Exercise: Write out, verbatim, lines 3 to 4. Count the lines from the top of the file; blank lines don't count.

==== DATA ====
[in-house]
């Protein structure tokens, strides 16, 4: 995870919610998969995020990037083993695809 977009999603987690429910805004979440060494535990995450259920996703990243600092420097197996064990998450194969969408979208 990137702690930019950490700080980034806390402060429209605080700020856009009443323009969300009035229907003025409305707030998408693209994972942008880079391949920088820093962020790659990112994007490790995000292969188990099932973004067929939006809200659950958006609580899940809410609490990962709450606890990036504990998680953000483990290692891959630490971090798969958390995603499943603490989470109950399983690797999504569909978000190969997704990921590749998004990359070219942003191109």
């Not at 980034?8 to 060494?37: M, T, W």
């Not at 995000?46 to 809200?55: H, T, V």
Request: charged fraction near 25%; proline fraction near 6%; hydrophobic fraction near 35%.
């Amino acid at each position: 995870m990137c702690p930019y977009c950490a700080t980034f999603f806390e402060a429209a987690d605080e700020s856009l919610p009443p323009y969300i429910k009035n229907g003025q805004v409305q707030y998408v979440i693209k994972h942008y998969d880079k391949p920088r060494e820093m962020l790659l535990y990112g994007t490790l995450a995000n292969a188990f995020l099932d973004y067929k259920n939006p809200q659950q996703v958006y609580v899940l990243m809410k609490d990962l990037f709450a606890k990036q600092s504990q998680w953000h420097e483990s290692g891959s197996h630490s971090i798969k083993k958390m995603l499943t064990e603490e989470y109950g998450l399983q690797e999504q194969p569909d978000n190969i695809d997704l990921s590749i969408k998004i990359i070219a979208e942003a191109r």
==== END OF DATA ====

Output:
């Not at 980034?8 to 060494?37: M, T, W």
């Not at 995000?46 to 809200?55: H, T, V």